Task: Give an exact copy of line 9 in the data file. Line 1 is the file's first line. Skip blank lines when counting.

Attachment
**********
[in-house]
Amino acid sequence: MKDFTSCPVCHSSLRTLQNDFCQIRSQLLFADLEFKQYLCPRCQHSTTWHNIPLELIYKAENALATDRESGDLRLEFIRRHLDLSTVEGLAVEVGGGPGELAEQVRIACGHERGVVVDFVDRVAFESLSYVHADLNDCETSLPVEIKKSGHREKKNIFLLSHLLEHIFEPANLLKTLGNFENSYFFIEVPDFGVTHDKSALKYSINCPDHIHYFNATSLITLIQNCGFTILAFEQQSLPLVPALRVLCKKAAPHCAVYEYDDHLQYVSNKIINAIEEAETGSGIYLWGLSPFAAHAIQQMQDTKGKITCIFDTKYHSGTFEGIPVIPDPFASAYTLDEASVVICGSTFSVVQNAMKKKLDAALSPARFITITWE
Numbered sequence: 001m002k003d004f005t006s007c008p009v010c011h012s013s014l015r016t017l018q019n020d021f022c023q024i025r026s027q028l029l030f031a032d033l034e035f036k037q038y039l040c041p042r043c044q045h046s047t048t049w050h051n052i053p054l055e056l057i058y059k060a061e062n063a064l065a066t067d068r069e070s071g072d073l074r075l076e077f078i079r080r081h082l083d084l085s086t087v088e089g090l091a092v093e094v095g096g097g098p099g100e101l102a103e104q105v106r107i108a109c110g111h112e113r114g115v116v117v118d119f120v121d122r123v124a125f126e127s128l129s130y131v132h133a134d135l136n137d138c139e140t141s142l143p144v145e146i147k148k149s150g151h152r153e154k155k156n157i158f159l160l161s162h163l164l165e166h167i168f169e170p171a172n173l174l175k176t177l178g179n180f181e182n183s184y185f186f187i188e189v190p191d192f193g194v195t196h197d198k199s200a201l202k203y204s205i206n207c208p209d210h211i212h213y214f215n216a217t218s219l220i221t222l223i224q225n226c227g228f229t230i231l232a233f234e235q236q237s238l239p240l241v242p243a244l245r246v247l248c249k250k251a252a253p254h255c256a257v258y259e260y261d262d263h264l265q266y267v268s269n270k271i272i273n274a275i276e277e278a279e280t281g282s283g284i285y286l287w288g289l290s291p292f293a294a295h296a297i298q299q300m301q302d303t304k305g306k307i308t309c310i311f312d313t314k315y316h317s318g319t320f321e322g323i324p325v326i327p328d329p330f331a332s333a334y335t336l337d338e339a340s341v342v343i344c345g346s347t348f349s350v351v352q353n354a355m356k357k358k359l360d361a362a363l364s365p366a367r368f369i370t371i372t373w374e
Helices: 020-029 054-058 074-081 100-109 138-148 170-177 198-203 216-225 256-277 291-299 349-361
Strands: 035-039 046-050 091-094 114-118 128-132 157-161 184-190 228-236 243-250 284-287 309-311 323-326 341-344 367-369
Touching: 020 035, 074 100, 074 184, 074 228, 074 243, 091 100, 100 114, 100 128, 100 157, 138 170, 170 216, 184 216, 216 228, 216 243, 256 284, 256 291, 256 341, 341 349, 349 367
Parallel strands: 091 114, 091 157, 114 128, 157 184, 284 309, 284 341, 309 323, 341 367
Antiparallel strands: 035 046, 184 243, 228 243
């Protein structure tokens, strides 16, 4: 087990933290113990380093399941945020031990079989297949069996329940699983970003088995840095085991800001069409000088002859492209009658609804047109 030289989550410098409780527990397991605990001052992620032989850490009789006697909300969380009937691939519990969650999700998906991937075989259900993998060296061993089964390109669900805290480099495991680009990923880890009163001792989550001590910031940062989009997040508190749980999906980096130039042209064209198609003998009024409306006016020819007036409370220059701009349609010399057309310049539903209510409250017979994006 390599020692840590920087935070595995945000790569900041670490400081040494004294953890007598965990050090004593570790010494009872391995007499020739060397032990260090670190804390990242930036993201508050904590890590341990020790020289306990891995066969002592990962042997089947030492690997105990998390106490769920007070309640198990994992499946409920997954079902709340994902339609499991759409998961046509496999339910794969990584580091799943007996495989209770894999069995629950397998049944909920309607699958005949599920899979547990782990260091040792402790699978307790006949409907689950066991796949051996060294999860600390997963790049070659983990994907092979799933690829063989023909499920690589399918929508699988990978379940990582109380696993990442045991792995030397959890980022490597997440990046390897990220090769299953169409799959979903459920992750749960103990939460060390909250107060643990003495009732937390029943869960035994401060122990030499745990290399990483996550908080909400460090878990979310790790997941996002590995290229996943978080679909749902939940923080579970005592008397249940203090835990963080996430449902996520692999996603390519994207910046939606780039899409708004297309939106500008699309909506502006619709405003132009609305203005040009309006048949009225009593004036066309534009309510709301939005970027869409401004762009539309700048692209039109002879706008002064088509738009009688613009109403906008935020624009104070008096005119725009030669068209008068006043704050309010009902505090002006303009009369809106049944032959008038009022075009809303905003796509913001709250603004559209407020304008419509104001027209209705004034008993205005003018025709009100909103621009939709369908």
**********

């Protein structure tokens, strides 16, 4: 087990933290113990380093399941945020031990079989297949069996329940699983970003088995840095085991800001069409000088002859492209009658609804047109 030289989550410098409780527990397991605990001052992620032989850490009789006697909300969380009937691939519990969650999700998906991937075989259900993998060296061993089964390109669900805290480099495991680009990923880890009163001792989550001590910031940062989009997040508190749980999906980096130039042209064209198609003998009024409306006016020819007036409370220059701009349609010399057309310049539903209510409250017979994006 390599020692840590920087935070595995945000790569900041670490400081040494004294953890007598965990050090004593570790010494009872391995007499020739060397032990260090670190804390990242930036993201508050904590890590341990020790020289306990891995066969002592990962042997089947030492690997105990998390106490769920007070309640198990994992499946409920997954079902709340994902339609499991759409998961046509496999339910794969990584580091799943007996495989209770894999069995629950397998049944909920309607699958005949599920899979547990782990260091040792402790699978307790006949409907689950066991796949051996060294999860600390997963790049070659983990994907092979799933690829063989023909499920690589399918929508699988990978379940990582109380696993990442045991792995030397959890980022490597997440990046390897990220090769299953169409799959979903459920992750749960103990939460060390909250107060643990003495009732937390029943869960035994401060122990030499745990290399990483996550908080909400460090878990979310790790997941996002590995290229996943978080679909749902939940923080579970005592008397249940203090835990963080996430449902996520692999996603390519994207910046939606780039899409708004297309939106500008699309909506502006619709405003132009609305203005040009309006048949009225009593004036066309534009309510709301939005970027869409401004762009539309700048692209039109002879706008002064088509738009009688613009109403906008935020624009104070008096005119725009030669068209008068006043704050309010009902505090002006303009009369809106049944032959008038009022075009809303905003796509913001709250603004559209407020304008419509104001027209209705004034008993205005003018025709009100909103621009939709369908």